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Here I found a working solution using ctypes which allows to find out if any modal operator is currently running. I am not good in C and don't understand how it works. But I'm sure someone does, so is there a way to find out exactly which modal operators are currently running, and get a list of them (or their bl_idname)? As the Blender API only provides a few bpy.app.handlers which cover only several specific cases this would be a nice solution to make custom handlers for all other modal operators not included in the bpy.app.handlers.

For example for my add-on I would like to launch from my custom Modal Operator bpy.ops.render.opengl Operator in series in ('INVOKE_DEFAULT') mode to be able to see a preview and abort this process at any time - but there's no handler in the API which would tell me when bpy.ops.render.opengl is over, and I can't figure out how to catch the moment when it returns {"FINISHED"}.

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  • $\begingroup$ By the way it seems the first Ctypes solution works only with Python Operators in Blender. I've tried to launch bpy.ops.render.opengl('INVOKE_DEFAULT'), which is written in C as I know, and use this solution together with threading.Timer() to catch the moment where all modal operators stop running. And it doesn't catch any modal operator while bpy.ops.render.opengl is in progress. Pity, it could be a workaround. $\endgroup$ Aug 11, 2020 at 18:23

1 Answer 1

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You might be able to use something like the following to know when a modal operator has finished (see disclaimer). Note: I'm summarizing code from another project, and I haven't tested the code below... it almost certainly has bugs, but it will get you close.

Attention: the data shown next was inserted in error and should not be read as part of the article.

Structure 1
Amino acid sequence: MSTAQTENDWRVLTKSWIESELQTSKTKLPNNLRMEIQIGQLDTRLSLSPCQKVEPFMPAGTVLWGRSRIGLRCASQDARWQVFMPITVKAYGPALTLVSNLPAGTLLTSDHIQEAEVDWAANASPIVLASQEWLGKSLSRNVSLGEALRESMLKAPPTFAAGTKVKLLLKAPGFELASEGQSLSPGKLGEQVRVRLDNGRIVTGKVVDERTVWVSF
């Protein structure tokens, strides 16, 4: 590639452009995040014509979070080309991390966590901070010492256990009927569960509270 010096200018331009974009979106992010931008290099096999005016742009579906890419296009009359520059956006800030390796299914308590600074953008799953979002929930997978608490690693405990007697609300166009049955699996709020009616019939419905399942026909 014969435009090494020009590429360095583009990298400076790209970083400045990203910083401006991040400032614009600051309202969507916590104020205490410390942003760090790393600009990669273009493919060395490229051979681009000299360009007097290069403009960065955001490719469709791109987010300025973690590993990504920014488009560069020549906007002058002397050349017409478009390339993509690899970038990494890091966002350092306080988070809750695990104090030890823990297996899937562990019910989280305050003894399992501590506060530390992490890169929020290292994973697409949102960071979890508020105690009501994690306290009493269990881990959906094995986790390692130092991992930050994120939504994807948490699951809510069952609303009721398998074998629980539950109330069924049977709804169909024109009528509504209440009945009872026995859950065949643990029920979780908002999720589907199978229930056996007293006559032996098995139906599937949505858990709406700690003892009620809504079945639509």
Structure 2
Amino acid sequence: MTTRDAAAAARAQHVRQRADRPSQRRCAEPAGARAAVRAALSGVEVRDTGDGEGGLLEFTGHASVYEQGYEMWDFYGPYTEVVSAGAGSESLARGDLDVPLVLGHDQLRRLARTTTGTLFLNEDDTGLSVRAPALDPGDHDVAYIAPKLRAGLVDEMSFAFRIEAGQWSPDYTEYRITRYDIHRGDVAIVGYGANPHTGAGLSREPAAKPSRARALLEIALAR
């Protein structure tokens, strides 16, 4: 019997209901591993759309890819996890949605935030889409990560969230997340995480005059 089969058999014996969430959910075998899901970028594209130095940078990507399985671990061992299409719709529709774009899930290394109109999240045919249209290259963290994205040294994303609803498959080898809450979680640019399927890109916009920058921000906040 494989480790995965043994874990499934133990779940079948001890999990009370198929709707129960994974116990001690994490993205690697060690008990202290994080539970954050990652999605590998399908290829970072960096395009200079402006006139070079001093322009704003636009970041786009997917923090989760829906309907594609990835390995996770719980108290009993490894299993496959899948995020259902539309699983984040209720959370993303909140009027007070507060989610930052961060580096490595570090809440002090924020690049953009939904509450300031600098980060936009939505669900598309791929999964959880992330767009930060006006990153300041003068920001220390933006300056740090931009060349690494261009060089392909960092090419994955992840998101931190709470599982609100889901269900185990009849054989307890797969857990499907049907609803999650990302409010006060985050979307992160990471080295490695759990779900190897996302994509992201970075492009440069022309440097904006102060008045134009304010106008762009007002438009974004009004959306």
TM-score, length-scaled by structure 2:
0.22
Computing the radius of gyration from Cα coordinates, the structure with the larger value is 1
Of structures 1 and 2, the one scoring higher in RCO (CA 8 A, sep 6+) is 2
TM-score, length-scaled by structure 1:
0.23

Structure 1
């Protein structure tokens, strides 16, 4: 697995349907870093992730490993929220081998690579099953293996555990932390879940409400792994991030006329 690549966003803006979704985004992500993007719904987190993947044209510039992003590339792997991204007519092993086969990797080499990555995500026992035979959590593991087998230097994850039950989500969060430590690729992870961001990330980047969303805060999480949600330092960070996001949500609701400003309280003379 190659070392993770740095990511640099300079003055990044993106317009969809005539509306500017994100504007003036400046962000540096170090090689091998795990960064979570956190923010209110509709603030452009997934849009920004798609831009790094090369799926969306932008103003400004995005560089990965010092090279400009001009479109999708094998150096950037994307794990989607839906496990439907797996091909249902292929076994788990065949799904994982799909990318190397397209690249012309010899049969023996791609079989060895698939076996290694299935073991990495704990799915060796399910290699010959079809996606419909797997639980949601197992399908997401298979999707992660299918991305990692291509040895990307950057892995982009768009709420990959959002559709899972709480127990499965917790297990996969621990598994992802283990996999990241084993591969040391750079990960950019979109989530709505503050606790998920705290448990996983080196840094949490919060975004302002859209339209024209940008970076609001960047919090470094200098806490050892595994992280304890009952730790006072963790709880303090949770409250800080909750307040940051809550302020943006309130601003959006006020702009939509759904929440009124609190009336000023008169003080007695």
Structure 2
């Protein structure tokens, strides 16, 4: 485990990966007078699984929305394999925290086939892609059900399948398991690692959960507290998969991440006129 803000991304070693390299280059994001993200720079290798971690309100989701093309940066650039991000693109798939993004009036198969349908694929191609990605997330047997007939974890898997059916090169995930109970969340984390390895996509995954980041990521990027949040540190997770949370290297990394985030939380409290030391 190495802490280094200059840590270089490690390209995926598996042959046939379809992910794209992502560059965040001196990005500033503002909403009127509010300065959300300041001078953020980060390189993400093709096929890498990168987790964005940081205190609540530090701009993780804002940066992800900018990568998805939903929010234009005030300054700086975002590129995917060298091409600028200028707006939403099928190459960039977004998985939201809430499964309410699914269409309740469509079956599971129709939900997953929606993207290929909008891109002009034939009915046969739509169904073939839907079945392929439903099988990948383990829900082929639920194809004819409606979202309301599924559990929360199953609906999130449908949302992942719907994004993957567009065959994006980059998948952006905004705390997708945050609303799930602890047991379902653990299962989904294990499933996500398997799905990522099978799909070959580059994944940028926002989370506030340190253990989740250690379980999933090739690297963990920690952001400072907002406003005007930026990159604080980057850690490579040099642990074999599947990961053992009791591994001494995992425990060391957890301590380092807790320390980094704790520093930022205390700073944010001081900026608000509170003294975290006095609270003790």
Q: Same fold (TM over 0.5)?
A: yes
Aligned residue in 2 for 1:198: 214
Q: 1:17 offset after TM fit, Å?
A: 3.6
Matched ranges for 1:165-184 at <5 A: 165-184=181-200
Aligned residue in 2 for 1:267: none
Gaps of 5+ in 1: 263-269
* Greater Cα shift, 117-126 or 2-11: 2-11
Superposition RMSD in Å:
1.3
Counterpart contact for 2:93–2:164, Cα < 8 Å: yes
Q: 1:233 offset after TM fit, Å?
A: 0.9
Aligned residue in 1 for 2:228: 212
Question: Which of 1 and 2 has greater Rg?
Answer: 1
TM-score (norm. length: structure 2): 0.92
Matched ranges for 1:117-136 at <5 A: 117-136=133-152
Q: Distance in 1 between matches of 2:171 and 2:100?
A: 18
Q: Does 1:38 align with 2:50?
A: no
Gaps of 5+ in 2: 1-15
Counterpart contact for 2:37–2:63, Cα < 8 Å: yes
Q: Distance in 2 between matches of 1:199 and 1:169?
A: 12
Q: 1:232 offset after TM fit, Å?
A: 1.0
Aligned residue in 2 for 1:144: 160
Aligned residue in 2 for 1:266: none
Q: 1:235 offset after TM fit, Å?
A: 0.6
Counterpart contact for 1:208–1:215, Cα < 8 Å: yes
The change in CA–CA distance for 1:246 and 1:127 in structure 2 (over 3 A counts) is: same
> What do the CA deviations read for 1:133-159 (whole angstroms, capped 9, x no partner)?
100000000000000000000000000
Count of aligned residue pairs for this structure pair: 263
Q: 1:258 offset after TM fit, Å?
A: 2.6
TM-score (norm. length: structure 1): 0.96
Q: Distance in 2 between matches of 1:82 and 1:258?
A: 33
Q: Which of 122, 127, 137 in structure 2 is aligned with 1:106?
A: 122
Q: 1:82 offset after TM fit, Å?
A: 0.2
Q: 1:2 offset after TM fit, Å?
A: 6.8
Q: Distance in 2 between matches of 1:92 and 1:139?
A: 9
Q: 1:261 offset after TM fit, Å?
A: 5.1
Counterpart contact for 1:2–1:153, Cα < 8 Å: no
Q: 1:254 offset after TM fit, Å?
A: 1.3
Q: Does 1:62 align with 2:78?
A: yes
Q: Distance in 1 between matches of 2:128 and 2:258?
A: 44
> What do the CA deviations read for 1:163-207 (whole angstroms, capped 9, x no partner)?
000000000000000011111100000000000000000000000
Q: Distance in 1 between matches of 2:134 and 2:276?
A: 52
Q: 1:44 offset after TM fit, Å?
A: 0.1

class RenderOpenGLWrapped(Operator):
    bl_idname = 'render.opengl_wrapped'
    bl_label = 'Wraps render.opengl'
    # other options?

    @classmethod
    def poll(cls, context):
        return bpy.ops.render.opengl.poll(context)

    def invoke(self, context, event):
        context.window_manager.modal_handler_add(self)
        bpy.ops.render.opengl('INVOKE_DEFAULT')
        return {'RUNNING_MODAL'}

    def modal(self, context, event):
        last_ops = context.window.operators
        last_op_name = last_ops[-1].bl_idname if last_ops else None
        was_cancelled = (last_op_name != bpy.ops.render.opengl.idname())
        return {'FINISHED'}

this works because modal operators are pushed onto a stack. here the wrapper object is pushed on the stack, then render.opengl is pushed on. The window manager will call modal of the topmost operator, which is render.opengl. the wrapper's modal will not get called until render.opengl has finished.

disclaimer: this assumes modal for render.opengl doesn't return {'PASS_THROUGH'}!

If you're interested in knowing if there are any operators actively running modal, I just submitted the D15546 patch.

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